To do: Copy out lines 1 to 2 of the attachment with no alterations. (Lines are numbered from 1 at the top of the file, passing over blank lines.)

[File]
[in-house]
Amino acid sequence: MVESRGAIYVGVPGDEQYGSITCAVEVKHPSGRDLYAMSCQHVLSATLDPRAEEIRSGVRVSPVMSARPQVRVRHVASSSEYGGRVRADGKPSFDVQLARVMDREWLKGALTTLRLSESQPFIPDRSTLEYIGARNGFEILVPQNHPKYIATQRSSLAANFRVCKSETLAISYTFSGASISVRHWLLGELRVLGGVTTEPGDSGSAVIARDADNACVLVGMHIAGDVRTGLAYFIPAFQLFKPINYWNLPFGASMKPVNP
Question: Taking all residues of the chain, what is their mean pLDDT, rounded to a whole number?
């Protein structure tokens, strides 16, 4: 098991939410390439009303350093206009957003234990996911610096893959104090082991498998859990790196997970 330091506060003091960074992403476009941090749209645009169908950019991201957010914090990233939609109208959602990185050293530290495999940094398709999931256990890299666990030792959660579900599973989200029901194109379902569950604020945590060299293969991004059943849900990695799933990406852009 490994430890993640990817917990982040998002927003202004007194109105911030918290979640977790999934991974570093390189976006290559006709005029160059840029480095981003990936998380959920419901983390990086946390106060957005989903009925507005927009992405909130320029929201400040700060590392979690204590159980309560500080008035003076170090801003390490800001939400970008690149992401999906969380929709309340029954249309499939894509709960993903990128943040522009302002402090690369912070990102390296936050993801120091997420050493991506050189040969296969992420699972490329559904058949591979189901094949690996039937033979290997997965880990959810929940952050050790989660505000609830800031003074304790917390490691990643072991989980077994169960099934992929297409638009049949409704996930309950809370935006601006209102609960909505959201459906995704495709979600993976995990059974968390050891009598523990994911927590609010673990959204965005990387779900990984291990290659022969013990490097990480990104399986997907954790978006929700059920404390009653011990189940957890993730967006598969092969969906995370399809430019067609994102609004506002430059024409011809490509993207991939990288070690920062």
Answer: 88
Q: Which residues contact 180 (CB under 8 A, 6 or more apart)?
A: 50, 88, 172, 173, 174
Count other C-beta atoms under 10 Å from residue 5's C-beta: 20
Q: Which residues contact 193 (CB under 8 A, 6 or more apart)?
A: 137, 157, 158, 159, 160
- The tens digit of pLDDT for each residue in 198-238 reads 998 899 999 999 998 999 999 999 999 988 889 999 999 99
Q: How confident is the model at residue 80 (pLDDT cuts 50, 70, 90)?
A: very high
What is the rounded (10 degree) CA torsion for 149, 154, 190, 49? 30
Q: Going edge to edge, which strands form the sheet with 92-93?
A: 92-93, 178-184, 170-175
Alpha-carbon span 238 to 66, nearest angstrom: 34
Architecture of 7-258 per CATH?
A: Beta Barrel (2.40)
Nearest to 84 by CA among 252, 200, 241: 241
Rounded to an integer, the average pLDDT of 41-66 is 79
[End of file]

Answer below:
[in-house]
Amino acid sequence: MVESRGAIYVGVPGDEQYGSITCAVEVKHPSGRDLYAMSCQHVLSATLDPRAEEIRSGVRVSPVMSARPQVRVRHVASSSEYGGRVRADGKPSFDVQLARVMDREWLKGALTTLRLSESQPFIPDRSTLEYIGARNGFEILVPQNHPKYIATQRSSLAANFRVCKSETLAISYTFSGASISVRHWLLGELRVLGGVTTEPGDSGSAVIARDADNACVLVGMHIAGDVRTGLAYFIPAFQLFKPINYWNLPFGASMKPVNP